Oriental Longhair

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The Oriental Longhair is a svelte cat. Fine-boned, elongated and lithe, Oriental Longhairs are a bag of muscles. The head is a long, tapered wedge. The ears are very large and pointed. The neck is slender. Legs are long and thin. The tail is also long and tapers to a point. Eyes are almond-shaped and blue, green or odd eyed. Eye color depends on the coat color and pattern. Males weigh 7 to 10 pounds, females are 5 to 8 pounds.
An Oriental Longhair coat is medium in length, silky to the touch and lays close to the body. The tail plumage is lush and feathery — much longer than the hair on the body. Colors and patterns are too numerous to name, so they are divided into classes of shaded, smoke, parti-color, tabby, pointed, bicolor and solid patterns. However, solid ebony, pure white and some tabby patterns are the most popular colors/patterns.
The Oriental Longhair is a rare breed. He’s a good fit for you if you’re looking for a svelte cat with the talkative temperament of the Siamese with the look of a Balinese. Oriental Longhairs are essentially a branch of the Siamese, but isn’t limited to the short hair, color point patterns and few choices of color. The breed was developed from their shorthaired counterparts. Fanciers wanted a long-haired version. In the late 1970s, Oriental Shorthairs were crossed with Balinese (another longhaired Siamese descendent) and the Oriental Longhair was achieved.
An Oriental Longhair will most likely be under your feet — all the time. You will definitely need a tall cat tree, unless you want your Oriental Longhair on high furniture. Their activity level, playfulness, curiosity and intelligence makes it hard for them to stay out of closed spaces. They abhor closed doors, especially when they know that you are on the other side of that door. Oriental Longhairs are extreme people cats with a wholly trusting nature and they tend to bond closely with one person. They will be friendly with their entire family, but you’ll know who his favorite person is. He will spend most of his time with that person and eagerly await the arrival home. Once his bond is formed, he will trust you completely. If he’s left alone too long or doesn’t receive enough attention, he will become unhappy and depressed. An Oriental Longhair is also a snuggler. If you want a lap cat, look no further. These guys are Velcro cats!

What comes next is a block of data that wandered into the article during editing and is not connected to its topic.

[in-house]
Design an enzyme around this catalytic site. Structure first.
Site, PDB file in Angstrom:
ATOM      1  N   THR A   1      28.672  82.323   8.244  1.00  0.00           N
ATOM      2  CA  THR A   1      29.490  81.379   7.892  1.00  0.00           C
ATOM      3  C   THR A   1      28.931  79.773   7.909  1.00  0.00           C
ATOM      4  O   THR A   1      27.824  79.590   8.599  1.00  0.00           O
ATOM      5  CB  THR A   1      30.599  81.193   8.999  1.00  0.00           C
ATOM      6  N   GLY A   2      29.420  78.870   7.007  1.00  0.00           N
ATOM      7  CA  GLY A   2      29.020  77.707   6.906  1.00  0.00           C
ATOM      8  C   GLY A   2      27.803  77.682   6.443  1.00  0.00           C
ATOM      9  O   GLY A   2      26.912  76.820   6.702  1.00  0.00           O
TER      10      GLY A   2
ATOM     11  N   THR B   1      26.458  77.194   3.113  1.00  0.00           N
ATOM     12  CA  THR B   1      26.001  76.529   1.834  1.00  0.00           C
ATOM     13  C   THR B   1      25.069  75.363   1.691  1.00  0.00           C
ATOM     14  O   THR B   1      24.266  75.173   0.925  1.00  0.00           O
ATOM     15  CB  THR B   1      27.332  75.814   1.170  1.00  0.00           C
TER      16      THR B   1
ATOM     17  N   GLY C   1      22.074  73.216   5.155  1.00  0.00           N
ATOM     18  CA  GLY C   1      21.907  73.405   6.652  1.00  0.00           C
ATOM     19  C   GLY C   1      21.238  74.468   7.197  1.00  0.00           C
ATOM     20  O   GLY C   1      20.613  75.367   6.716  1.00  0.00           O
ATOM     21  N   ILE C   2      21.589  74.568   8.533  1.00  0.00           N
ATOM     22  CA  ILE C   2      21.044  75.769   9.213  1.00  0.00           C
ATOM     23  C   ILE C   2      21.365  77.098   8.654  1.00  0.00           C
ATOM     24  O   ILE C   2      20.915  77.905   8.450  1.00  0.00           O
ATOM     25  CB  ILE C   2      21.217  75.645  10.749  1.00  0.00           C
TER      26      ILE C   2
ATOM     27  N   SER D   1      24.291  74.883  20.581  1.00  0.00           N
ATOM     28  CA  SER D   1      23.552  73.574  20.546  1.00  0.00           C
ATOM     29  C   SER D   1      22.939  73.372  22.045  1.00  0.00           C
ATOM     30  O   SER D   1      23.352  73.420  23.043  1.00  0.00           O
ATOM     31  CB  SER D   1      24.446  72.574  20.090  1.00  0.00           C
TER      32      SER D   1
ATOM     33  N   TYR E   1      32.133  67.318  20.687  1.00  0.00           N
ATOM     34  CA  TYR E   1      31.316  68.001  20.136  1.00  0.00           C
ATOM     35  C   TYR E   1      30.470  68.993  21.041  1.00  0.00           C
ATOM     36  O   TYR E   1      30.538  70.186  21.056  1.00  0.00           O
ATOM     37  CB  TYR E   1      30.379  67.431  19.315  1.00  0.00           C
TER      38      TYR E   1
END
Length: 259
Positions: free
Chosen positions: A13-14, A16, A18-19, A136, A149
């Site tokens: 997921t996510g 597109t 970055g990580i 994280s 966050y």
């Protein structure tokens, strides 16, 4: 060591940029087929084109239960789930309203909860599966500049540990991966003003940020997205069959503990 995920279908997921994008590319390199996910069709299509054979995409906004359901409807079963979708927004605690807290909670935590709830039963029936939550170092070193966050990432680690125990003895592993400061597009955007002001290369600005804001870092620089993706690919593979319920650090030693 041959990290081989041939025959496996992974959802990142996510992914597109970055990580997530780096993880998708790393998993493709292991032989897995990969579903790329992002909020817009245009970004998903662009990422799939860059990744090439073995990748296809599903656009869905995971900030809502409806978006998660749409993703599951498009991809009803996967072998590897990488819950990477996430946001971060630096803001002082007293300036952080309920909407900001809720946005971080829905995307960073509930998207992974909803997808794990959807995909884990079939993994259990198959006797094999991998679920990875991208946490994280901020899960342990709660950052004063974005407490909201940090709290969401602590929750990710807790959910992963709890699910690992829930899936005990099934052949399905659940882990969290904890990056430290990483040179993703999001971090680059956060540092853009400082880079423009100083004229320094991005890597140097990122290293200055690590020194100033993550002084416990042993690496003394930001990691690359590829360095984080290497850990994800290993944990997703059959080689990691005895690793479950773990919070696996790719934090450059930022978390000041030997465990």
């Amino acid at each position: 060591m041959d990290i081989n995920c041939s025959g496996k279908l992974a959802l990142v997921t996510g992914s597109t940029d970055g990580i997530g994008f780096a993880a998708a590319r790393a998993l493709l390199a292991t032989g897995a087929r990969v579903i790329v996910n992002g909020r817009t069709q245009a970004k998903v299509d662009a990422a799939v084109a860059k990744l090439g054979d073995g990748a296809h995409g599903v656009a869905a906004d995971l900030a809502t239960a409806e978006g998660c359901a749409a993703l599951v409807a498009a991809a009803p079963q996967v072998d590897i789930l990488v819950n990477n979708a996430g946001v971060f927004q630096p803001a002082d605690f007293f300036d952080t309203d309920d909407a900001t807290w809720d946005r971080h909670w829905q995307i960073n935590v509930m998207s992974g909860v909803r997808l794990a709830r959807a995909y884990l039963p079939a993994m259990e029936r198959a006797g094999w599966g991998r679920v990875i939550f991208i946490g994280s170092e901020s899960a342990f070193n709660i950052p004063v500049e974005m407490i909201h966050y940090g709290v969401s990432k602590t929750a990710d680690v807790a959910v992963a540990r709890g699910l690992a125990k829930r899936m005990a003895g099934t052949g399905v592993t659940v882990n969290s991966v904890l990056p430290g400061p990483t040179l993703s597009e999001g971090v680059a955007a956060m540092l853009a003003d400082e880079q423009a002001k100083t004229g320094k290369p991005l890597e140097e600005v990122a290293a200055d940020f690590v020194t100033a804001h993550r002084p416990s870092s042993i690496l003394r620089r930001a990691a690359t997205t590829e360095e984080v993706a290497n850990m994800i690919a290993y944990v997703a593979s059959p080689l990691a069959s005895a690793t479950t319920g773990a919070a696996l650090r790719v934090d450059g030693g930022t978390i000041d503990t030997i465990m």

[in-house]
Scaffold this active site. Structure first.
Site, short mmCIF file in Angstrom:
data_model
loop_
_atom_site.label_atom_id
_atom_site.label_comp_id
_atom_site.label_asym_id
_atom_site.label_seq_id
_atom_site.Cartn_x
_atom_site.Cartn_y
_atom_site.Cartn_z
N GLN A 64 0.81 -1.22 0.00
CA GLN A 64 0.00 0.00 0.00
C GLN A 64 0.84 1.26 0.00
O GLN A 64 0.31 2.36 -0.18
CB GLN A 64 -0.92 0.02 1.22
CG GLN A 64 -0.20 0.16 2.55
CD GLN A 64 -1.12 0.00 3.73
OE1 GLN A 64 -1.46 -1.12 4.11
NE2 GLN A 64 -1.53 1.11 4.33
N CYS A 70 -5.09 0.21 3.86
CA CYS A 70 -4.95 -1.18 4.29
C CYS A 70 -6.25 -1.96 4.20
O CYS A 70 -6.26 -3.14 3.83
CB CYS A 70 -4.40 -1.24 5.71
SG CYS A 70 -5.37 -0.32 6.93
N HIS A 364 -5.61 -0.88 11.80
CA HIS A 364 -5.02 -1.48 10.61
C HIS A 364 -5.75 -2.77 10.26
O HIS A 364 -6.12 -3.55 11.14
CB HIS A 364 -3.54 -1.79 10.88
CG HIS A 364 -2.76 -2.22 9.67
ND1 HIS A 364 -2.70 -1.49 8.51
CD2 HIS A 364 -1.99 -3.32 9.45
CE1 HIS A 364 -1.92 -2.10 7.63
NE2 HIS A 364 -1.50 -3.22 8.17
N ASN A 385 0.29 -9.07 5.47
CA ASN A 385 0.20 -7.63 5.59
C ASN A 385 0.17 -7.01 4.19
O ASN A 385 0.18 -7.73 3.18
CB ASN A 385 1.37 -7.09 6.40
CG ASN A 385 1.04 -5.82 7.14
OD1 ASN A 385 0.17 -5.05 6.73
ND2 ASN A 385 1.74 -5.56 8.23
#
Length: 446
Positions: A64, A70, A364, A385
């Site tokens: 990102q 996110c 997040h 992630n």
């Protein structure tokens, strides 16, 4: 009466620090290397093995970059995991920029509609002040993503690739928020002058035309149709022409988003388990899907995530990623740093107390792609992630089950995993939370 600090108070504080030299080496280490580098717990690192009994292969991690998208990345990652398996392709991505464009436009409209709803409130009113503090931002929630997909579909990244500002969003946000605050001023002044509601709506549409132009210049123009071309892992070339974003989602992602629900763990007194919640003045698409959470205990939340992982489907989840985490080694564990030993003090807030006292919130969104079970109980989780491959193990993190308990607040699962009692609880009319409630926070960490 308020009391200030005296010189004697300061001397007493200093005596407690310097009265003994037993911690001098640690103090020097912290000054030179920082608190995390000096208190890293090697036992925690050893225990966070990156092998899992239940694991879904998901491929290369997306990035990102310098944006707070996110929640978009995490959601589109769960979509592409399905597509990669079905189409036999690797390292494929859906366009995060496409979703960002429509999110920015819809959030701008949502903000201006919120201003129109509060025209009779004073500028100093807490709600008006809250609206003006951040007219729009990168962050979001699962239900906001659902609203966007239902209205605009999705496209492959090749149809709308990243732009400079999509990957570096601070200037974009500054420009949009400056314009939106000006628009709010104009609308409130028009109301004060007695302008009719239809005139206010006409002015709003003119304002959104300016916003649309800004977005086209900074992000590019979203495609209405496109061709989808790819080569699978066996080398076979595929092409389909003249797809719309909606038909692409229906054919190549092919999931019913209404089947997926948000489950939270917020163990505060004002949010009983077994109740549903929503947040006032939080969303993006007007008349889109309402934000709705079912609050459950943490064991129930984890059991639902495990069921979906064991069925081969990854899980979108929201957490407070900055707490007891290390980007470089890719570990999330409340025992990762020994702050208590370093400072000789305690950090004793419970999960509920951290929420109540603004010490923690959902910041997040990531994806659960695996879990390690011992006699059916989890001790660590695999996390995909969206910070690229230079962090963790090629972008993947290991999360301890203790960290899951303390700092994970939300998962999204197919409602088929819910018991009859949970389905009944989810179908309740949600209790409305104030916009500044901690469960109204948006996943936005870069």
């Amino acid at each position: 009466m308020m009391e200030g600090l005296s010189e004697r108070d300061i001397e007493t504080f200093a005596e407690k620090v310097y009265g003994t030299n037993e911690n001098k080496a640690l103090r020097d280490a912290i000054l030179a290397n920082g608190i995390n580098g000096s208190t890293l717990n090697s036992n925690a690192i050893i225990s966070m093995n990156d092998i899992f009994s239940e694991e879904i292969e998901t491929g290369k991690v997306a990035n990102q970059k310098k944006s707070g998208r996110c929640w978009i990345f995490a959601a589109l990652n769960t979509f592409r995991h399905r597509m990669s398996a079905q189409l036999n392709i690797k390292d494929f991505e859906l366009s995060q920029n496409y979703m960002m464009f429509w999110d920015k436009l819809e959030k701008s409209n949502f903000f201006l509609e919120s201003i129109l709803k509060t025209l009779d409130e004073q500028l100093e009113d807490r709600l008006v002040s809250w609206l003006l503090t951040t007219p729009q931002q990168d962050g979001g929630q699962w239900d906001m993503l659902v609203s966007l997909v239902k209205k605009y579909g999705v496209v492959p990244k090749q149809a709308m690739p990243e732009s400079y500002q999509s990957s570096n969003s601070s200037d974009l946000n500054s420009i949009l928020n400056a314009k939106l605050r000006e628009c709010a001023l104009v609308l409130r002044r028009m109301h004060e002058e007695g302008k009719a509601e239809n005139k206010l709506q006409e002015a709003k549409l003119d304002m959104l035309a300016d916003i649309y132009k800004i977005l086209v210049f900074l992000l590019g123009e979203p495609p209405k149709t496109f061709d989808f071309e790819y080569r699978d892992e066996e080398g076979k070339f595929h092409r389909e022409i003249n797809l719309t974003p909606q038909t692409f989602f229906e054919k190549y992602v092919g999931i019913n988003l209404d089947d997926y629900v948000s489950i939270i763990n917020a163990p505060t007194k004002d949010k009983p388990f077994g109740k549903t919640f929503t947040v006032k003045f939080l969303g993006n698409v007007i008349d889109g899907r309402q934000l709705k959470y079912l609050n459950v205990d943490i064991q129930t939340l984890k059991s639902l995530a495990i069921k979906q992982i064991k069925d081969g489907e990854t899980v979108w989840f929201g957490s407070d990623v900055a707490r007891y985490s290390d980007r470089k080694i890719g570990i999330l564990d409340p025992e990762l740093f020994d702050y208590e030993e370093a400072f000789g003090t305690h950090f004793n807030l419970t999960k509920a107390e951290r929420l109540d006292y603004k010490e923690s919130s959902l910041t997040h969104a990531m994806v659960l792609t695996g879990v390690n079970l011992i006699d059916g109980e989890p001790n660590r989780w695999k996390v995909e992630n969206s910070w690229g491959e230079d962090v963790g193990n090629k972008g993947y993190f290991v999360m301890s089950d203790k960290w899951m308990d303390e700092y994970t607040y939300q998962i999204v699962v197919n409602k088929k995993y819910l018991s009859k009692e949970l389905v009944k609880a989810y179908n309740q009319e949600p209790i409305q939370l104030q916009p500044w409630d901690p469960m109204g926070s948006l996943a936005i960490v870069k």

The Oriental Longhair has developed a reputation for being demanding, noisy and mischievous, which is all true and endears them to their fanciers. (While “noisy,” Oriental Longhairs have a softer, milder tone than their Siamese cousin.) They love nothing more than rehashing the day with their favorite person and are never at a loss for topics of conversation. They are also extremely sensitive to your tones; harsh words and mannerisms will hurt their feelings. Remember, this is such a trusting soul!
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Irish Terrier

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AKC Group: Terrier
One of the most beloved breeds, the Irish Terrier descended from Cork County, Ireland. They are believed to be one of the oldest breeds of terrier at around 2,000 years old. Paintings date back to the 1700s. They were used to hunt and kill rodents. They also briefly worked at wartime messengers.
Size: 14 to 18 high; 22 to 30 pounds
Color: Solid red, golden red, red wheaten or wheaten.
Life span: 12 to 14 years
Health problems: Irish Terriers may suffer from allergies, eye problems or urinary stones.